This evening (Tuesday, July 7) the museum will be hosting our first virtual Speaker Series, an adapted version of the talk and film screening with Mike Stein that we were originally planning to present in March. Though Whistler is known internationally as a ski resort, the film features a different form of recreation and transportation that is commonly found in the valley: canoeing.
In the 1980s there was even a Whistler Canoe Club, which held races on Alta Lake. Whistler Question Collection.
Canoeing has a much longer history in the area than snowsports, as canoes are important to both the Lil’wat and Squamish Nations. The Great Hall of the Squamish Lil’wat Cultural Centre features a 40 foot long Salish hunting canoe carved from a single cedar tree which at times is removed from the exhibition and taken on an ocean journey. Learn more about this canoe and others by visiting the Squmaish Lil’wat Cultural Centre, which reopened last month.
The Whistler Museum also has records of canoes being used to transport people and products around the valley for over a century.
In the early 1900s the Barnfield family established a dairy farm on their property at the northeast end of Alta Lake. As summer tourism became more popular in the area following the arrival of the Pacific Great Eastern Railway in 1914, the Barnfield’s dairy began supplying the lodges and visitors with fresh supplies. They used a dugout canoe to deliver milk, cream, eggs, news and gossip to the different lodges on Alta Lake. By 1920 their largest customer was Rainbow Lodge, which had a daily order of 80 quarts of milk, 4 quarts of cream, and 2 quarts of table cream.
This dugout canoe is similar to the one Alfred and Fred would have used. It may in fact be the one they used, but we have no records to confirm or deny that.
Rainbow Lodge itself had a number of boats, including canoes, for guests and staff to use for fishing or paddling down the River of Golden Dreams, one of which now resides in the museum’s collection. In 2011 the museum, with the generous support of the Province of British Columbia, was able to purchase a cedar canoe bought by Alex and Myrtle Philip in 1916 for Rainbow Lodge. After the Philips sold the lodge in 1948, Myrtle kept the canoe for her own personal use for the next 25 years. The canoe and aged and, before coming back to Alta Lake, was restored by Dave Lanthier, an expert vintage canoe restorer and member of the Wooden Canoe Heritage Association. The canoe is currently displayed in the Whistler Public Library, as the museum does not have the space to exhibit such a large item.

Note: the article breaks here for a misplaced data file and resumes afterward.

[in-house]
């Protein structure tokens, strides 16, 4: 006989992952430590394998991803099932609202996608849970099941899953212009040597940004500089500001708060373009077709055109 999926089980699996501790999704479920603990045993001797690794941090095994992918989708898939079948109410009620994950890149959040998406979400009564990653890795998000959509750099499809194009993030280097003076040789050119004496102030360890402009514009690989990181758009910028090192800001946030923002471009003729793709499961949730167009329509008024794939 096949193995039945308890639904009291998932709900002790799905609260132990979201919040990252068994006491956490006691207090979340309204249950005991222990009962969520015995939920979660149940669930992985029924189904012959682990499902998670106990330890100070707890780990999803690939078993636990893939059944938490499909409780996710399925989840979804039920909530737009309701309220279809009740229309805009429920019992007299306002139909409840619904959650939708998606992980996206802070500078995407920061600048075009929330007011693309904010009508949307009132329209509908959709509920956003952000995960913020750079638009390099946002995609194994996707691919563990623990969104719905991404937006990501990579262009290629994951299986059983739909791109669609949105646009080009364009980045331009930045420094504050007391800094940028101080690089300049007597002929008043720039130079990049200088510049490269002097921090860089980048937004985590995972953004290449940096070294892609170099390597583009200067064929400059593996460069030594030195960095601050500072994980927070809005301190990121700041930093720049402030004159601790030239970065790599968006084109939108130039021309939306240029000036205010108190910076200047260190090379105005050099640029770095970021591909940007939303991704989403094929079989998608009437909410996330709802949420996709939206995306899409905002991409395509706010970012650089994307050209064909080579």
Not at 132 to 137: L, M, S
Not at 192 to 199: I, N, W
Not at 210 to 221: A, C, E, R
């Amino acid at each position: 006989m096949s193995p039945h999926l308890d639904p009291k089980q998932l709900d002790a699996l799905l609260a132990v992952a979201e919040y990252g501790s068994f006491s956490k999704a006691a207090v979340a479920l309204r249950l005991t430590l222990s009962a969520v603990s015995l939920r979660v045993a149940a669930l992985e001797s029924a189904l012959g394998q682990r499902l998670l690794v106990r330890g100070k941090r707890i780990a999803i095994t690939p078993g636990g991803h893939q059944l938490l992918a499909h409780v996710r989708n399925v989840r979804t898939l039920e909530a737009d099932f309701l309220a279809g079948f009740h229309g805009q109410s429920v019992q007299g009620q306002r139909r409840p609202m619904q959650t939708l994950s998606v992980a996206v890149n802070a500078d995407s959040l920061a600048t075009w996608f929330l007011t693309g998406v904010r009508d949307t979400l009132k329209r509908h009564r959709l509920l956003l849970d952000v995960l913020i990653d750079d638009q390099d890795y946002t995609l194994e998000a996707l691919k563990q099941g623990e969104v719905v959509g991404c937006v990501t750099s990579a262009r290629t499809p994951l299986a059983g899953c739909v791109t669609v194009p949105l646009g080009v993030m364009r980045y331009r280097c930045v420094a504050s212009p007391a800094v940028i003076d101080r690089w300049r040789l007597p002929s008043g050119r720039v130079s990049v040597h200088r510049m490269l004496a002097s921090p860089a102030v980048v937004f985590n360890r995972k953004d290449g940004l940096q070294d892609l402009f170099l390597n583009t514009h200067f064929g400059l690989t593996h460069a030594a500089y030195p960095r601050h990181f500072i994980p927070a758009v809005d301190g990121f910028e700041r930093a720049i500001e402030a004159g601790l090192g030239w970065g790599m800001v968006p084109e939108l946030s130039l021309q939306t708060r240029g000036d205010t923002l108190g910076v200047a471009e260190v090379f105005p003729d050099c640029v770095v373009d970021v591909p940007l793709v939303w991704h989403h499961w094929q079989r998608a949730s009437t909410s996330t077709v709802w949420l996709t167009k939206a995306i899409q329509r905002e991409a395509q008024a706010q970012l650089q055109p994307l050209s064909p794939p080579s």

Myrtle’s canoe, pre-restoration. The canoe now hangs on the wall of the Whistler Public Library, until such a time as we have space to display it at the museum.
The popularity of canoeing continued even after skiing came to Whistler. In 1975 canoes represented the water part of the first Great Snow Earth Water Race, with cyclists passing the baton to canoeists who worked their way up Alta Lake to the first weir on the River of Golden Dreams, where they handed off to the runners. From all reports, the canoeing was the most fun for the spectators. According to Dave Steers, “Most of the teams had members who could tell the front of a canoe from the back. A few teams didn’t even have that.” As you can imagine, quite a few canoes tipped and those watching got to see a lot of splashing.
The canoe portion of the Great Snow, Earth, Water Race heads out on Alta Lake. Whistler Question Collection.
Three years before that inaugural race, Mike Stein, Adolf Teufele, Wink Bradford, Ferdi Wenger, and Jim McConkey set out on their own journey by canoe on the Liard River. Teufele captured their adventures in the Grand Canyon, a 20 km stretch of the Liard, on 16mm film and the film has now been digitized, edited, and narrated by Stein. This evening we’ll be hearing from Stein about the film and the journey, as well as screening Highways of the Past: Canoeing the Grand Canyon of the Liard, via Zoom. Visit here to learn more about the event and register.